Next, with regard to fiance visas, I have heard that they are notoriously difficult to get (probably for the same reason as the fact that INS now does conditional green cards, except that this is probably worse since technically there is no legal commitment in an engagement). I have heard from friends (only third-hand, I'm afraid) that the easiest way to get a fiance into the country is to travel to where she is, get married there, and then apply for a spouse visa as they are easier to get than fiance visas.

    I wish I could be of more help. I was lucky in that my wife was already in the country when we met and got engaged, so I haven't experienced this first-hand. Good luck!
  5. Dana

    Dana Well-Known Member

    If a fiancee visa is hard to get, can your fiancee come to the U.S. on a tourist visa? In that case, she must officially arrive as a "tourist", not a "fiancee" - otherwise she could be sent back for not having the proper visa. It seems that a person can only have one status when entering the country and must have the proper documentation to support that status - either you're a citizen (= passport), or you're a permanent resident (= green card), a tourist (= tourist visa), a fiancee (= fiancee visa), a student (= student visa), etc. You know best - it was the same problem when she came on a business visa but was in fact visiting on vacation - not possible.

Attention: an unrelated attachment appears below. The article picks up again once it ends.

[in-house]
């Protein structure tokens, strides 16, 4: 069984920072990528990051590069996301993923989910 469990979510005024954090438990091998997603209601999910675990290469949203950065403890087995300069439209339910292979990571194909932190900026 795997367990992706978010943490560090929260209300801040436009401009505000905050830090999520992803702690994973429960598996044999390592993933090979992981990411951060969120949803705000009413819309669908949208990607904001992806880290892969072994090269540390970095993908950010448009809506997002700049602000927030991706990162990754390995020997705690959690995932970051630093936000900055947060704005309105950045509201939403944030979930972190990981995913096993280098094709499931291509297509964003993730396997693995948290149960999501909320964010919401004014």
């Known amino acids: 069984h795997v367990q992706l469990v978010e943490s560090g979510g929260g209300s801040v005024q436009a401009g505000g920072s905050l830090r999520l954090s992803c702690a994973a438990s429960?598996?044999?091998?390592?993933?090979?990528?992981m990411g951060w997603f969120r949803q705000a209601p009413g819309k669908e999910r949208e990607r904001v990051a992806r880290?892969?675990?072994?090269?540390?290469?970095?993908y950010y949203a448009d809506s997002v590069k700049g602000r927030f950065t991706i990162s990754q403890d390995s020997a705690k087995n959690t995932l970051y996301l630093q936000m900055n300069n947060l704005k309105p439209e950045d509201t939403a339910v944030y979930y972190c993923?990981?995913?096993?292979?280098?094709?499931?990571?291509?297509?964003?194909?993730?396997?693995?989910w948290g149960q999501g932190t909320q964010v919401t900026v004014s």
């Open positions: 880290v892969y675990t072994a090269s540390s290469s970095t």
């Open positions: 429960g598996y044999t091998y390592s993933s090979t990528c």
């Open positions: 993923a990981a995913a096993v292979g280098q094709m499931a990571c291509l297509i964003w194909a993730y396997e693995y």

When my American husband and I (Czech) went through this process, our immigration lawyer strongly recommended we get married in the U.S. as opposed to the Czech Republic. The advantage of that is that your wife will immediately receive a legal status in the U.S. If she can come to the U.S. on a tourist visa and you guys get married, she can apply for her green card practically the next day. She'll get a temporary work and travel permit that will allow her to work in the U.S. and travel in and out of the country while her green card is being processed. That can take a year or longer but the wait won't really matter that much thanks to the temporary permit she'll have (renewable yearly). If I remember right, it may take a few months to receive the travel permit, so your wife wouldn't be able to leave the U.S. during that time since she'd have no way of coming back without it. Also, I'm not sure how it would work with her studying in London. That might complicate things.